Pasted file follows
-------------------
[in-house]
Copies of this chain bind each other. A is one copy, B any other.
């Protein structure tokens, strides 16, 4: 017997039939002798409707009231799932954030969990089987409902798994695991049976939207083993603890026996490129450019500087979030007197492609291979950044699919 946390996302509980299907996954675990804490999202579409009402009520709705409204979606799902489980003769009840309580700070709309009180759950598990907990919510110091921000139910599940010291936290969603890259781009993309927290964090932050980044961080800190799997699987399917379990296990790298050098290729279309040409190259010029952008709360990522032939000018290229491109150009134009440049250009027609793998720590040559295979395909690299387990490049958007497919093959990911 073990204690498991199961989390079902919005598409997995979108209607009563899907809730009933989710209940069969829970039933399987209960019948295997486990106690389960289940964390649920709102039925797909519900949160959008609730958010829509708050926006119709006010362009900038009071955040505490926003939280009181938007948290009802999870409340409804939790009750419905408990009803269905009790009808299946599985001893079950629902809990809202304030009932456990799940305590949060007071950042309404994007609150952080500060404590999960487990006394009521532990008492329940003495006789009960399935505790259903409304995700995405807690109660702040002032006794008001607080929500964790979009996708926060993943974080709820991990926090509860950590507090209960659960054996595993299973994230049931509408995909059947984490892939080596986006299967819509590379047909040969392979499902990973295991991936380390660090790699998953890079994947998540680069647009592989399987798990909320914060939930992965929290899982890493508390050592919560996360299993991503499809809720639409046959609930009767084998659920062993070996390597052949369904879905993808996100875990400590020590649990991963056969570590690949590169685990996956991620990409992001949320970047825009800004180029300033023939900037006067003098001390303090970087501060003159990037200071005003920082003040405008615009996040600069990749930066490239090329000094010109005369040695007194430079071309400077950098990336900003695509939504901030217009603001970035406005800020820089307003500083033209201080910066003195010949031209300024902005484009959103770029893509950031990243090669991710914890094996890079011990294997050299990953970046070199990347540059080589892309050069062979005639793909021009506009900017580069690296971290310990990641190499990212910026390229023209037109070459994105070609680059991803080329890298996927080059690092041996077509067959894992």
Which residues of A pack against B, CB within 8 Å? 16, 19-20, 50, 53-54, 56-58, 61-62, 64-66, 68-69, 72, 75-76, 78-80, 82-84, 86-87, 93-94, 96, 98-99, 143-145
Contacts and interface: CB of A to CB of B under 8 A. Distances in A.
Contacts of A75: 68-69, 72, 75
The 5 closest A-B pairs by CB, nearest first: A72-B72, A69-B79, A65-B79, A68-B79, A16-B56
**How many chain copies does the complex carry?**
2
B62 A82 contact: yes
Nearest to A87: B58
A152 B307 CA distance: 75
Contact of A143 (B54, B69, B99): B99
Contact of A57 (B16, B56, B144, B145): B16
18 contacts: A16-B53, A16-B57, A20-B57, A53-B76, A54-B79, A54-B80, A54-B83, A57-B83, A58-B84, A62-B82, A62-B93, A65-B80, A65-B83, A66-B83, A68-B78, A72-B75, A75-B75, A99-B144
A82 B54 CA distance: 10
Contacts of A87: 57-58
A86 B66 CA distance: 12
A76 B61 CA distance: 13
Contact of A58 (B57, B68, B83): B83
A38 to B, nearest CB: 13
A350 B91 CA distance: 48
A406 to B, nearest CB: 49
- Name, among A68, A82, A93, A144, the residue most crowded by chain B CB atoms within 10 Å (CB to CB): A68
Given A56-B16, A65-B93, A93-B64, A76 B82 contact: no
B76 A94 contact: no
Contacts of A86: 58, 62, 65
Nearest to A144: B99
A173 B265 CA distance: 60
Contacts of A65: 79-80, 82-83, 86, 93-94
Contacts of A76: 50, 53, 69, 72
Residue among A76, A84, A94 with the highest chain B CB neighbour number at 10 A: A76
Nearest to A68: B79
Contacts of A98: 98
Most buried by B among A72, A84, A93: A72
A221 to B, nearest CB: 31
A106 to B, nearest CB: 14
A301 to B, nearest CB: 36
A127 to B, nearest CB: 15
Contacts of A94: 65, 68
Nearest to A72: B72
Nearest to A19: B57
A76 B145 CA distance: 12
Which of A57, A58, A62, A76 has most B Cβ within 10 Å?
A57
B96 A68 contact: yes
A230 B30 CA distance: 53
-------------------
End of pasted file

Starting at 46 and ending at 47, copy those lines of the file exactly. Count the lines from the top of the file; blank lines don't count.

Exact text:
B96 A68 contact: yes
A230 B30 CA distance: 53